POLS6015A/B International Political Economy
Course Code: POLS6015A/B
Course Tutor: Dr Michael Plouffe (Autumn) / Dr Harry Bauer (Department of Political Science) (Spring)
Length: One term (Autumn and Spring Term)
Teaching: 20 hours lectures/seminars
Assessment: Two 2,000 word essays (40/60%)
Credits: 0.5 course units, 4 (US) 7.5 (ECTS)
About this course
This course is designed to introduce students to the study of International Political Economy (IPE). The boundaries of the discipline have grown substantially over recent decades and now include a wide variety of topics—the politics of trade, financial liberalization, and international market institutions to name just a few. In this class students will be introduced to the principal perspectives on each of these issues. We will discuss and assess critically recent theories and evidence.
After an initial introduction into the main theoretical approaches to IPE, each week of the course focuses on an area in which politics intersect with the economy. This highlights one of the principal themes of the class (and of IPE research generally): economic policies have distributive consequences that create political conflict. The remainder of the class will look at how these politics play out in specific empirical domains, including the formation of international institutions, the setting of monetary policy, and the opening of domestic markets to the global economy.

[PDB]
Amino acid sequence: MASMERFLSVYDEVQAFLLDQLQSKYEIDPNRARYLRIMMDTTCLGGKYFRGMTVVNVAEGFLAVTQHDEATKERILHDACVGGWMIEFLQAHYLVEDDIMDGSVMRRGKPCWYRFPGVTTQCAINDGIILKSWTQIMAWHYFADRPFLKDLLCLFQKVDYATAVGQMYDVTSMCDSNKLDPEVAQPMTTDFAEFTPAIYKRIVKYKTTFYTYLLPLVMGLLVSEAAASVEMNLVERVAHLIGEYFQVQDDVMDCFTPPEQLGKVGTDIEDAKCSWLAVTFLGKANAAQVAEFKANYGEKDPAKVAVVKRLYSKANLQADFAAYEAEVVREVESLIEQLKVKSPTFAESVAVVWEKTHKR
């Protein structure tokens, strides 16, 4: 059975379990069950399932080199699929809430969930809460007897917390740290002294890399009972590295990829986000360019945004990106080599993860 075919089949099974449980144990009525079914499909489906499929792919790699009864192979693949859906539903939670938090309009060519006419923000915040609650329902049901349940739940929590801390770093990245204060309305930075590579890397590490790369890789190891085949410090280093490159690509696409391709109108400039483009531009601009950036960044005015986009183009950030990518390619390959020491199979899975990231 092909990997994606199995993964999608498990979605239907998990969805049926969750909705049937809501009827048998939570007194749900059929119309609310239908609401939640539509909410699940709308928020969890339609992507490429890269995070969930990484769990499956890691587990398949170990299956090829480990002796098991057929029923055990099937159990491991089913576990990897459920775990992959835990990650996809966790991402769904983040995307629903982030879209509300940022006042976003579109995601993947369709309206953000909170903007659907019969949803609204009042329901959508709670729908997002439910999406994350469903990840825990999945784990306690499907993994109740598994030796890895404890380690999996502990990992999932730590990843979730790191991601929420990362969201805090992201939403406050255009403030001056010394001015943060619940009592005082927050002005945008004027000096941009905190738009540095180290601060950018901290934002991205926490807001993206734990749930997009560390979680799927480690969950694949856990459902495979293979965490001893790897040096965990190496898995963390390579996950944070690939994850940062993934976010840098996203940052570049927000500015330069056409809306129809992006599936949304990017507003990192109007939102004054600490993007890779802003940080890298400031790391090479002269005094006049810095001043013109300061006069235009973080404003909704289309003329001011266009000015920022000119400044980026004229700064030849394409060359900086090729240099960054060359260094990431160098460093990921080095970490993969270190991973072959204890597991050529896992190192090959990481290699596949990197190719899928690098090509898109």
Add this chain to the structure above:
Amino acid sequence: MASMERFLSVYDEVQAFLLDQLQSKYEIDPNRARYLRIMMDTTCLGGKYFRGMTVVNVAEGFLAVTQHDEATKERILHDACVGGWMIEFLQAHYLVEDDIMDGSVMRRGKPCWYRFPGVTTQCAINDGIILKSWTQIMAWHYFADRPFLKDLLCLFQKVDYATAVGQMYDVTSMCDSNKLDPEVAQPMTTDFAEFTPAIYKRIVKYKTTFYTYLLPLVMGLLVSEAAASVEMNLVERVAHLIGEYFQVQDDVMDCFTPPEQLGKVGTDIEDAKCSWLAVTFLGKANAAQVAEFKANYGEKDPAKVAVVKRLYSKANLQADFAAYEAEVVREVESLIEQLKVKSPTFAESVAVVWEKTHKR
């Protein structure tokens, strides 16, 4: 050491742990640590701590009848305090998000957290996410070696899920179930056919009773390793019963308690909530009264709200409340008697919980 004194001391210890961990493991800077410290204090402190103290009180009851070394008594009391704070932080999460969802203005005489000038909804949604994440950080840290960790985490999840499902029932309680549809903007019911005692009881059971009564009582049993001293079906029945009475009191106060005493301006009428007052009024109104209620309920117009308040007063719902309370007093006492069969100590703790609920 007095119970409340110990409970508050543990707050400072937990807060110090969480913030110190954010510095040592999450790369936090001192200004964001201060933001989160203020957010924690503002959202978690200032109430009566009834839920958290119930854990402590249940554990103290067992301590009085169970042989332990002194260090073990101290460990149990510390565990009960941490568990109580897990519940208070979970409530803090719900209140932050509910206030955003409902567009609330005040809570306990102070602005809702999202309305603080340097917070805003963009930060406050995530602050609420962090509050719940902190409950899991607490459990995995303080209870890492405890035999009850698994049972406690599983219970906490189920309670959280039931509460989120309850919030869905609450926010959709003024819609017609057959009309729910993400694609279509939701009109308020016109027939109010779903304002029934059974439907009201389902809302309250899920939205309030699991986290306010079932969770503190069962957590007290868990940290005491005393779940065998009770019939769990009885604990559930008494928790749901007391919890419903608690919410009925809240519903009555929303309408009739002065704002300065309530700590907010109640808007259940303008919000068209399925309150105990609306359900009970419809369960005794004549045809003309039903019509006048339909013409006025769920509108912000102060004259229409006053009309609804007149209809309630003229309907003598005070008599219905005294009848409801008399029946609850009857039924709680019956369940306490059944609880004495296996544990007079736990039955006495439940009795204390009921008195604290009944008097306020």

By the end of the course students will have a firm understanding of IPE as a discipline, including what it can tell us about a wide variety of policy outcomes. Additionally, students will be able to evaluate critically a number of key theories and issues within IPE by answering several questions: What is the purpose of theorising in IPE? What is the connection between theory, practise, and values in IPE? What do IPE theories on ‘globalization’ contribute to our understanding of the interaction of economic and political processes on global, regional, and national scales?
Please note that this class does not require a background in economics or experience in formal modelling. Indeed, many of the readings are chosen for their accessibility. However, students will be expected to have a firm grasp of basic economic concepts, arguments and logics.